Michelin Picks 24 Top Hotels in France in First-Ever Ranking

The Michelin guide awarded its first honors for hotels, giving just 24 establishments in France the highest three “keys” rating.
Michelin Picks 24 Top Hotels in France in First-Ever Ranking

At an event on Monday, April 8 in Paris, the eponymous publication owned by the French tiremaker unveiled its selection of the 189 best places to stay in the nation, awarding them one, two or three key emblems. The company is capitalizing on its renown as an arbiter of fine dining through its annual “star” awards for restaurants—which similarly max out at three stars—to make further inroads into the hospitality sector.

Among the French hotels given the top distinction are two owned by high-end brand juggernaut LVMH—Cheval Blanc Paris and Cheval Blanc Courchevel—as well as 19 others in the capital, the Alps or on the Mediterranean coast. Outside of those regions, three-key hotels include Domaine Les Crayeres, Le Royal Champagne and Les Sources de Caudalie in the wine-growing regions of Champagne and Bordeaux.

“What really counts for us is the experience,” said Gwendal Poullennec, international director of the Michelin Guide, in an interview. “It has to be memorable and singular in a way that will give people a feel for local character.”

He cited the Airelles Chateau de Versailles — Le Grand Controle for being inside the castle grounds and Villa La Coste, a 570-acre estate in Provence, for doubling as an “open air museum” through its exceptional architecture and private art collection, which currently includes works by Damien Hirst, Alexander Calder and Yoko Ono.

The Michelin guide is entering a crowded market for hospitality rankings that can be confusing for travelers. The move is part of the company’s long-planned bid to capture more of the travel market at a time when global economies and consumer spending have slowed compared with the post-pandemic boom. The decision to start with France reflects the company’s home nation as a hub of luxury hospitality, and coincides with the lead-up to the Paris Olympics.

For visitors to the City of Light, the “key” awards may help parse between options that look comparable from a distance. For instance, the French government has been granting top hotels the “palace” distinction since 2010 as a way to help consumers identify hotels with both heritage and ample modern luxuries—there are 31 of them in total, mostly in Paris, the Alps and the Cote d’Azur.

While there is some overlap with Michelin’s three-key winners, there are also notable exceptions such as the Hôtel de Crillon, the Royal Monceau and the Peninsula, which all came away from Michelin’s first award ceremony with two keys. Of the 12 Paris “palaces” only five were granted three keys.

According to an official Michelin announcement, one key denotes that a place is “special,” two make it “exceptional” and three “extraordinary.”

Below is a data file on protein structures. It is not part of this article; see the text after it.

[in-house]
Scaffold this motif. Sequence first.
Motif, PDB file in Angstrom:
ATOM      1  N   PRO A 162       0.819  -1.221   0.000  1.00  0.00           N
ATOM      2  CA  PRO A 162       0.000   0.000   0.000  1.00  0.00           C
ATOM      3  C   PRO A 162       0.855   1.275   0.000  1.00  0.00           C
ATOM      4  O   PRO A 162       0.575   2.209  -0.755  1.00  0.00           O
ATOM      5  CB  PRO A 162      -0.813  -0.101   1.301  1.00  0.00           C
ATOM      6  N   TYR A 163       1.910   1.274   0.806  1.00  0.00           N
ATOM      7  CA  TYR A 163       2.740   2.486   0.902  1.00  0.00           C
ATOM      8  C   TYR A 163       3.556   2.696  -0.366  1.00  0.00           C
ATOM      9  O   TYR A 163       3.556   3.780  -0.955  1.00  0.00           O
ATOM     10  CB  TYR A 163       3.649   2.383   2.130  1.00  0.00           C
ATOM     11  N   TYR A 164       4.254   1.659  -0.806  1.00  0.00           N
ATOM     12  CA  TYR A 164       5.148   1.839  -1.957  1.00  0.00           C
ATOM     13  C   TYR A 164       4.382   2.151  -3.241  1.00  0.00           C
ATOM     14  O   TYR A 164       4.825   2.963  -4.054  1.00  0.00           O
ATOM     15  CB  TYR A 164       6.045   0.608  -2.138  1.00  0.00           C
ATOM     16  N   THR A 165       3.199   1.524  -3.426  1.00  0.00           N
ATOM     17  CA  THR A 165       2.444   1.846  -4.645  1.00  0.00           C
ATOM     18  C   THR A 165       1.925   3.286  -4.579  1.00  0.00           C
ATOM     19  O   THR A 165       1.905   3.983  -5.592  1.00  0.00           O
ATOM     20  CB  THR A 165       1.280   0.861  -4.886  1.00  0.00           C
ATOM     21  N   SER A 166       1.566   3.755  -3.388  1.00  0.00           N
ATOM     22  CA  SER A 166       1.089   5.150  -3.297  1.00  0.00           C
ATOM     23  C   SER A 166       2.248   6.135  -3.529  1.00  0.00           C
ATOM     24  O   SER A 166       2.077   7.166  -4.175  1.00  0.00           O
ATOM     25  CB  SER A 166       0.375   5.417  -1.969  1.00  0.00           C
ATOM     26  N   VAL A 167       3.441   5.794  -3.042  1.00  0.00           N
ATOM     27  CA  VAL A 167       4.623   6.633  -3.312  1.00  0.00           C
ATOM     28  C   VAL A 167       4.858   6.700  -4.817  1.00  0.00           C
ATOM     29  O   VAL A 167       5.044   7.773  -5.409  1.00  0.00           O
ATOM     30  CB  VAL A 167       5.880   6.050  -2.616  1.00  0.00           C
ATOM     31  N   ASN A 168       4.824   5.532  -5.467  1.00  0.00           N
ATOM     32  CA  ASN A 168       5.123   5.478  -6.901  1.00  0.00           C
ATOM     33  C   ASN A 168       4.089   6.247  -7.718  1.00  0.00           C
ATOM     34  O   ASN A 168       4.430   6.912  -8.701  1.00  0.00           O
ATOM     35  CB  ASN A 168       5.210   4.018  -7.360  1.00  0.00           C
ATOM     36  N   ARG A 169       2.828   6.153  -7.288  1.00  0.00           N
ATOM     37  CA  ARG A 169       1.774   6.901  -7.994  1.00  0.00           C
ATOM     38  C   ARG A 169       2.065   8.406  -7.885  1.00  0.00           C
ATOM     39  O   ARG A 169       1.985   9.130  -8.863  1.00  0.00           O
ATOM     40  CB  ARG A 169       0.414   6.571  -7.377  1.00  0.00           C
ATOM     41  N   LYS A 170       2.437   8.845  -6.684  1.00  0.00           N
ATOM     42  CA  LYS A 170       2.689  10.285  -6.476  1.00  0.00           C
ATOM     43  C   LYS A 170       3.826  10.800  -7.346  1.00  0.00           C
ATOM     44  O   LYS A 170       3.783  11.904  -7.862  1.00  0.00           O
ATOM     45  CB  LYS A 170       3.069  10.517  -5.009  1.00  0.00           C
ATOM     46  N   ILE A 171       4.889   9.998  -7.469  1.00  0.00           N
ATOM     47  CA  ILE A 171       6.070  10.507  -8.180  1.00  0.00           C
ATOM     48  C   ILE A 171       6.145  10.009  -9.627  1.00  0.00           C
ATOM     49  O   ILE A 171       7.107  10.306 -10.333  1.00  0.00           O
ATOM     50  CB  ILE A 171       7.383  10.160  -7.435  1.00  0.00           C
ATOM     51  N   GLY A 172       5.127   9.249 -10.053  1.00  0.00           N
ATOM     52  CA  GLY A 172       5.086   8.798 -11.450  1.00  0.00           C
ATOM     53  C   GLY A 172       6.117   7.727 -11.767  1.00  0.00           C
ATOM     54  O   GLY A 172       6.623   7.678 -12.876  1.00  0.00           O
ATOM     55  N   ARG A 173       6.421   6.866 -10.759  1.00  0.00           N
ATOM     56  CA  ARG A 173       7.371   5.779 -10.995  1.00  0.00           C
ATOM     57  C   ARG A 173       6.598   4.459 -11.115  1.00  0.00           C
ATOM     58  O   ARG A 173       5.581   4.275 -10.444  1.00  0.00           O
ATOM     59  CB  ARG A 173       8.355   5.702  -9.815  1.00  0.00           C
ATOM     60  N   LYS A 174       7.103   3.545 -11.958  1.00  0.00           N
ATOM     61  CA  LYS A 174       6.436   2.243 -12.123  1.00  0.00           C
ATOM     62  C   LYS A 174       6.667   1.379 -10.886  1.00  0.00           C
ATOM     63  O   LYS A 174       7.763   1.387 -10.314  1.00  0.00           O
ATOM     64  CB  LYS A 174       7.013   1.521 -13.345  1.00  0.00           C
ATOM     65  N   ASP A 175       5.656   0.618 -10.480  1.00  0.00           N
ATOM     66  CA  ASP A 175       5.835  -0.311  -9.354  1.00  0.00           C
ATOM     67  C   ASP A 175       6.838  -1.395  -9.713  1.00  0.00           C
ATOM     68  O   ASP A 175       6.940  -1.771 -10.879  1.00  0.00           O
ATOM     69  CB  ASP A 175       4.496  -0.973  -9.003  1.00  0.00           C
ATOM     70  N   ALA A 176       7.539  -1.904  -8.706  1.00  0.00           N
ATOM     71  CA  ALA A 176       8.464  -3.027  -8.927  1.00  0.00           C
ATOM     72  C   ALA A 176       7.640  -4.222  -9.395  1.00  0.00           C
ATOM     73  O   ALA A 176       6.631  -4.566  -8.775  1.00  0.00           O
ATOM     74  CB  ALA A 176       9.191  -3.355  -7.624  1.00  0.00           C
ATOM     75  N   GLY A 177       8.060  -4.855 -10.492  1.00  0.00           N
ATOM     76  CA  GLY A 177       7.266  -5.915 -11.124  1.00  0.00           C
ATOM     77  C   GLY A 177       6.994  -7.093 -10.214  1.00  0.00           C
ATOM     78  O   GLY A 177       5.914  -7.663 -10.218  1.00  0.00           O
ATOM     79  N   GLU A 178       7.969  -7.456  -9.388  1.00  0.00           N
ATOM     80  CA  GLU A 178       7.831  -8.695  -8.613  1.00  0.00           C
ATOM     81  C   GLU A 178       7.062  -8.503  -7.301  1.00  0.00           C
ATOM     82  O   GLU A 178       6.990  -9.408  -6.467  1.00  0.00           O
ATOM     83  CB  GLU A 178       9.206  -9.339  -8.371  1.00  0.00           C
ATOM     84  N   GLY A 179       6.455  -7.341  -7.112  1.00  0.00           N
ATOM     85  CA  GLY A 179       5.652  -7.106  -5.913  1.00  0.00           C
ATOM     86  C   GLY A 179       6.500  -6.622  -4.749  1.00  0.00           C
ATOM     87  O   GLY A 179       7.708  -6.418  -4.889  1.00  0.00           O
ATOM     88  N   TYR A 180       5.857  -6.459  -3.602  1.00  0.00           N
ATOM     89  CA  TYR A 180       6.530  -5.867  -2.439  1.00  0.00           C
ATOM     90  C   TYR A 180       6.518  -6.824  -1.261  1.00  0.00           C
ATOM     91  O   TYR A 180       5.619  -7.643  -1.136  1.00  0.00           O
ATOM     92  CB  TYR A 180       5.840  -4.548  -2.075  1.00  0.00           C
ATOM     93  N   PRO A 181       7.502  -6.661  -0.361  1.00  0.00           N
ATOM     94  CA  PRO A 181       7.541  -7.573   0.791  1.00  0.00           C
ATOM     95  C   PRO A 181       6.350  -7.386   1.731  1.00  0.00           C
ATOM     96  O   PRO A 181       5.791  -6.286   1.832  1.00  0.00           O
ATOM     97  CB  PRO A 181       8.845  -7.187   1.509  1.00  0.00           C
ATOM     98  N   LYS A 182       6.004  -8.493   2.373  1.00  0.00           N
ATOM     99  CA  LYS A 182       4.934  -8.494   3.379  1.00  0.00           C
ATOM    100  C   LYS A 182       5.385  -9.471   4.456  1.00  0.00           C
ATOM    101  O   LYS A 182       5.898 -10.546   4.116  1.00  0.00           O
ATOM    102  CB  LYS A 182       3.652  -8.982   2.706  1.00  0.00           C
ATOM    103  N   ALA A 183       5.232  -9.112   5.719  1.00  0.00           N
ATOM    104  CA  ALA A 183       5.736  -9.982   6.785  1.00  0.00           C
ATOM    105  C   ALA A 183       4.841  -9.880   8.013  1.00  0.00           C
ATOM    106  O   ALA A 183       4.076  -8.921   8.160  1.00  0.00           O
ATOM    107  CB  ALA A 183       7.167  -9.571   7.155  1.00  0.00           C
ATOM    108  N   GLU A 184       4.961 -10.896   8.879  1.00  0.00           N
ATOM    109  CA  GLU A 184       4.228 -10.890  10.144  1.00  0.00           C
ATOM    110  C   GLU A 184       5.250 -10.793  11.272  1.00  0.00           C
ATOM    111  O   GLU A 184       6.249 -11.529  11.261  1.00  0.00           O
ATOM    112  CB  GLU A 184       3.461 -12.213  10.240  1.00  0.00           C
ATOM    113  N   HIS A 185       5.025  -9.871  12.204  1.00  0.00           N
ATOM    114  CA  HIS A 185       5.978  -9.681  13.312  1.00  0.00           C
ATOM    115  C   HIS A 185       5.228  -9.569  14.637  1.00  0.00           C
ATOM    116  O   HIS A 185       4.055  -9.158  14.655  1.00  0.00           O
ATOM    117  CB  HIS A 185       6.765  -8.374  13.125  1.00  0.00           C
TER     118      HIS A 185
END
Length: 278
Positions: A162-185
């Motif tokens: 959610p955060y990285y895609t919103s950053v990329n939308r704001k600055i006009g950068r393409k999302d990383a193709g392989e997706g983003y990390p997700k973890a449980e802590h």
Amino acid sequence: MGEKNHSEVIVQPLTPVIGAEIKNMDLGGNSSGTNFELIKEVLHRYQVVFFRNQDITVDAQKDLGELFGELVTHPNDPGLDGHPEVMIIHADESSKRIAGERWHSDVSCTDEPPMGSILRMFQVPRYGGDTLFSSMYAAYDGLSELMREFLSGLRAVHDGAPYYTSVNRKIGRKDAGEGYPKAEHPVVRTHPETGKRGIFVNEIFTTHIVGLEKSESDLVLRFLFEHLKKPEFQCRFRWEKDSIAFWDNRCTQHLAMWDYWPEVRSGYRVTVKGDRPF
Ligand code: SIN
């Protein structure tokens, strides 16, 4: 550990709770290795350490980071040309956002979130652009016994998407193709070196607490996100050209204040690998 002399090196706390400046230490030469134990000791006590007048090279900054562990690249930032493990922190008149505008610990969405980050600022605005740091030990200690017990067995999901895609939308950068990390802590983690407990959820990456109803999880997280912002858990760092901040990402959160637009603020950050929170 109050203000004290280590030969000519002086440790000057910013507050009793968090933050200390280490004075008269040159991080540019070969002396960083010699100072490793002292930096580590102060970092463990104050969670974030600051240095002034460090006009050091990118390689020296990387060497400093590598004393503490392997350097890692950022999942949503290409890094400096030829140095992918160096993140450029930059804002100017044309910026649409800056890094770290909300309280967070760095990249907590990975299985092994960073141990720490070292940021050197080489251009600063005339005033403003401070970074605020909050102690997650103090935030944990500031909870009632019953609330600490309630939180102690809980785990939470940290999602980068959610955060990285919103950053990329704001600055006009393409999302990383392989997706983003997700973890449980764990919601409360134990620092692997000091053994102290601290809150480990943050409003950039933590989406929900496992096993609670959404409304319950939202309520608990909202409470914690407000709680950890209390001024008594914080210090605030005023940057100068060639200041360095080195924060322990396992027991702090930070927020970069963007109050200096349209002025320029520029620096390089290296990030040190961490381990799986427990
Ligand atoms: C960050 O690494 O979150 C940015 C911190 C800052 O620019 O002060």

“The guide is completely independent,” Poullennec said, adding that it doesn’t take into account whether a hotel is part of a chain or has an administrative classification like a star, or even whether it has a pool, spa, a certain staff-guest ratio or even air-conditioning. The criteria include such considerations as local character, individuality, excellence in architecture and interior design, top service, comfort and a consistent value-for-price. Importantly, Poullennec added, Michelin inspectors are full-time employees and pay all their hotel and travel bills—a departure from the way that other rankings, like the World’s 50 Best Hotels and La Liste, are compiled.

“We’re also not afraid to say a restaurant is really good but travelers should sleep somewhere else,” he said. Michelin’s first rating of some of the 640 French hotels listed on its site will be followed by similar lists in the US and elsewhere. The French distinctions come five years after the company acquired Tablet Hotels, a booking website for boutique and luxury hotels, for an undisclosed sum. That site’s interface and hotels database now power a portal on the Michelin Guide site where consumers can browse a curated selection of accommodations—many with Michelin-rated restaurants—and make reservations.

The company gets commissions for bookings, but “for the moment” it doesn’t have any sponsorship deals with tourism authorities as it does with its culinary guides. (Michelin has had tourism boards pay up to $600,000 to lure the guidebook’s reviewers, in efforts to cash in on their restaurant scenes.) “We’re not excluding the possibility of that in the future,” Poullennec said.

Below are the winners in the three-key category.

Baumanière, Les Baux-de-Provence
Cheval Blanc Courchevel
Cheval Blanc Paris
Domaine Les Crayères, Reims
Four Seasons George V, Paris
Four Seasons Megeve
Grand Hôtel du Cap-Ferrat, Saint-Jean-Cap-Ferrat
Hôtel de Paris Monte-Carlo
Hôtel du Cap-Eden-Roc, Antibes
Hôtel du Castellet, Le Castellet
La Bastide de Gordes, Gordes
La Réserve Paris
La Reserve Ramatuelle, Saint Tropez
Le Bristol Paris
Le K2 Palace, Courchevel
Le Meurice, Paris
Le Royal Champagne, Champillon
Les Sources de Caudalie, outside Bordeaux
Plaza Athénée, Paris
Ritz Paris
Saint James Paris
Villa La Coste, Le Puy-Sainte-Réparade
Villeroy, Paris

By Tara Patel

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